Dish And Sinclair Reach Tentative Retrans Agreement

Station Group Extends Deal for Two Weeks to Work Out Deal

Dish Network and Sinclair Broadcast Group said they reached an agreement in principle on a retransmission-consent deal, largely averting a blackout of 70 local stations in 45 markets for the satellite operator's subscribers.

"Dish is pleased to tell our customers that we have reached an agreement in principle with Sinclair Broadcast Group, allowing Dish to continue offering Sinclair's local channels to our customers," the satellite operator said in a statement early Thursday morning. "We thank our customers for their patience as we work to offer them the best content at the best value."

Sinclair executive vice president and general counsel Barry Faber confirmed that it has reached a tentative agreement with Dish. Sinclair, the largest TV station group in the U.S., has granted a two-week extension to the companies' previous agreement as they work out the final terms.

Sinclair's stations were in danger of going dark on Dish at midnight Wednesday. Those include ABC, CBS, Fox, NBC, MyNetworkTV and CW affiliates in different markets.

Actually, the standoff apparently was resolved at more like the 13th hour. According to the Facebook pages of several Sinclair stations, Dish subscribers lost access to their feeds for a few hours after midnight before being restored sometime between 2 a.m. and 4 a.m. Eastern.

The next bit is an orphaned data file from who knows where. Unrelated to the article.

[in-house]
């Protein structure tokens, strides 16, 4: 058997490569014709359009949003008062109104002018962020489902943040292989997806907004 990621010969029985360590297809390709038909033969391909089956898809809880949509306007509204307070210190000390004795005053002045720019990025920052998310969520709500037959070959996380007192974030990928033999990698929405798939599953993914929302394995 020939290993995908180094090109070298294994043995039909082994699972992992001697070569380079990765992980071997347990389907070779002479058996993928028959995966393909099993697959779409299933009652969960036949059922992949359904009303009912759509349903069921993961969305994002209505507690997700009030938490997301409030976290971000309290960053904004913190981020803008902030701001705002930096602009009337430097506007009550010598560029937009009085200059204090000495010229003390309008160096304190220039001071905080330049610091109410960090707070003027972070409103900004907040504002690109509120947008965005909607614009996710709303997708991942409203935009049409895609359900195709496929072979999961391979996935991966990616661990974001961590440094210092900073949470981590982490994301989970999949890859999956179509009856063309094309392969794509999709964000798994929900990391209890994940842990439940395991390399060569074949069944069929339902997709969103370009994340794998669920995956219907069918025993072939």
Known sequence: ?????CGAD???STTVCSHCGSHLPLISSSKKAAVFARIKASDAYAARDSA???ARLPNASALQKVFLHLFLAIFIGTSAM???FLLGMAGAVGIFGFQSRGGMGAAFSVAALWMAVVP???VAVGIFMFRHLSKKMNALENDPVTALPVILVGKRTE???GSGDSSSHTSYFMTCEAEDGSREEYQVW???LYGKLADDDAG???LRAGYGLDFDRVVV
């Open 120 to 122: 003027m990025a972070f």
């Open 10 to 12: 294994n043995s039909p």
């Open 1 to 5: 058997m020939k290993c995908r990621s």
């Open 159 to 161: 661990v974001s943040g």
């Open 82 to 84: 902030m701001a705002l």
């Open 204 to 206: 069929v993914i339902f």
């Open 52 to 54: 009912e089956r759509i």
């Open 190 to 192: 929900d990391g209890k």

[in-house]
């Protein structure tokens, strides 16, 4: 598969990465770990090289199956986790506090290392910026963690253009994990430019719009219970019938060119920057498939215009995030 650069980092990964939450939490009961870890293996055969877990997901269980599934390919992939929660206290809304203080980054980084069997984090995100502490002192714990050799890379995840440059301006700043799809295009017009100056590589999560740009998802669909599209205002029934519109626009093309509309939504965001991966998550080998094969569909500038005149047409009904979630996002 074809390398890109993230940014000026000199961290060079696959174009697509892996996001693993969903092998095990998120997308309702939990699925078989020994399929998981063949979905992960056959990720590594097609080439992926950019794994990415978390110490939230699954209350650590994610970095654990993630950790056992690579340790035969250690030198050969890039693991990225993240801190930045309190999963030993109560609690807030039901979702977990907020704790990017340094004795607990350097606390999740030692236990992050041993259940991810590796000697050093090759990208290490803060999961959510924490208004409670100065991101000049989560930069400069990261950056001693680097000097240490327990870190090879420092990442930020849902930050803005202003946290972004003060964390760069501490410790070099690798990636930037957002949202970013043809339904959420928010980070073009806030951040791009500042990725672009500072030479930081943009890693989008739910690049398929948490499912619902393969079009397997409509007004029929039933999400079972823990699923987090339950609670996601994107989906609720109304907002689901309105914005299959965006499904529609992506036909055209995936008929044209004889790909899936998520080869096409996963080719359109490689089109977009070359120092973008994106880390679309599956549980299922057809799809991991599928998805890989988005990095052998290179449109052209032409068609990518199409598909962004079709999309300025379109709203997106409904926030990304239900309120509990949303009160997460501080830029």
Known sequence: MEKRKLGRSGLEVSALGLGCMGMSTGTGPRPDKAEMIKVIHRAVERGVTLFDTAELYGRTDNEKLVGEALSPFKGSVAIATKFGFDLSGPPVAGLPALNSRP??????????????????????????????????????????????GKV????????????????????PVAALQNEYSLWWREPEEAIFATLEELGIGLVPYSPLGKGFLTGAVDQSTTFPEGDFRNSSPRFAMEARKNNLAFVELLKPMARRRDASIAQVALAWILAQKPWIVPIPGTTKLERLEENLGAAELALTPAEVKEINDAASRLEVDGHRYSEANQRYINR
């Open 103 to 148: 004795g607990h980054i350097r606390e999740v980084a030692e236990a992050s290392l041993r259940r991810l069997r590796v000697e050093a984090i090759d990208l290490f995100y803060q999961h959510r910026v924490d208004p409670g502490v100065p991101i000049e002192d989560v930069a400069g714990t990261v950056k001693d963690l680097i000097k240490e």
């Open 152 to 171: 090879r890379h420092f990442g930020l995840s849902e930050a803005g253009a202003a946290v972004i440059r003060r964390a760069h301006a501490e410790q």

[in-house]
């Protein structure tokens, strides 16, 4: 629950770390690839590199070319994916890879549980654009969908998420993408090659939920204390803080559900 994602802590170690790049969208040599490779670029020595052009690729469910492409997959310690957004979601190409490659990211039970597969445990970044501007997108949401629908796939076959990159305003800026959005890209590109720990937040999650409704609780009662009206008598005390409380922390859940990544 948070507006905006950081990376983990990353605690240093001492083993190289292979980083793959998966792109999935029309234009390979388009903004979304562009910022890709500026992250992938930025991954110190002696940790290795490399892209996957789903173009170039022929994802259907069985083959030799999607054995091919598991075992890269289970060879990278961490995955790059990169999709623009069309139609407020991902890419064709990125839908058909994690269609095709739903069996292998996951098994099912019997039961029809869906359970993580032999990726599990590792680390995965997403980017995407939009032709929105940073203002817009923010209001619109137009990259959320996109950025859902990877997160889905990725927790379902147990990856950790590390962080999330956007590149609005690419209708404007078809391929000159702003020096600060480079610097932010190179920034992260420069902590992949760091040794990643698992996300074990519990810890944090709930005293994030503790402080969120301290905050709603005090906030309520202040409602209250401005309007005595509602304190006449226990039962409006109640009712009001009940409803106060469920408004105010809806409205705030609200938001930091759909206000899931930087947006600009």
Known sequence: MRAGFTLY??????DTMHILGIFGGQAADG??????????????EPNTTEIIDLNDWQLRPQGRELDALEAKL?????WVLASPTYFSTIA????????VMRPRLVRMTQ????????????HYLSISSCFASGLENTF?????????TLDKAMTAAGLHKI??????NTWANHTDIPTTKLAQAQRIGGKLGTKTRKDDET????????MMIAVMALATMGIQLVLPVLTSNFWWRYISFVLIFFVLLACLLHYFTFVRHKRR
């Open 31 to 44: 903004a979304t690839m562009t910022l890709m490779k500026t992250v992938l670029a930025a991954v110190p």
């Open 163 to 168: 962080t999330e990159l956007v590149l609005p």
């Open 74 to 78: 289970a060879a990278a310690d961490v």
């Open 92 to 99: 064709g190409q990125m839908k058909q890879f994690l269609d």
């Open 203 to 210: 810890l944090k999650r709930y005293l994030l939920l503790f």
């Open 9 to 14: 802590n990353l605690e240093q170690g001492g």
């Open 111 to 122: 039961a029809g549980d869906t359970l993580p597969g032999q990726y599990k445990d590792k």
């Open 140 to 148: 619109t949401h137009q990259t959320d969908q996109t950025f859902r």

The previous retransmission-consent deal between Dish and Sinclair expired at 12:01 a.m. Eastern Thursday, and the broadcast company had warned Tuesday that "significant doubt exists as to whether or not a new agreement will be reached with Dish."

As has been the pattern in numerous clashes over retrans fees, both sides engaged in a war of words. Dish had complained that Sinclair was demanding a "massive price increase" that would force the satellite operator pay more than it pays any other broadcaster.

Sinclair countered Dish by claiming the fees it was asking for were "substantially lower" than the amounts the DBS operator pays for "far less popular" cable TV networks. The broadcaster said that was the result of "Dish's flawed economic model that on a relative basis compensates channels with little to no audience share more than the broadcast channels."

Dish, with 14.06 million subscribers as of the end of June, is the third-largest pay TV provider in the U.S. after Comcast and DirecTV.

Sinclair reaches approximately 26.3% of U.S. television households. With its recently announced Newport Television acquisition, Sinclair will own and operate 82 stations in 47 markets, reaching 27.3% of the U.S. television households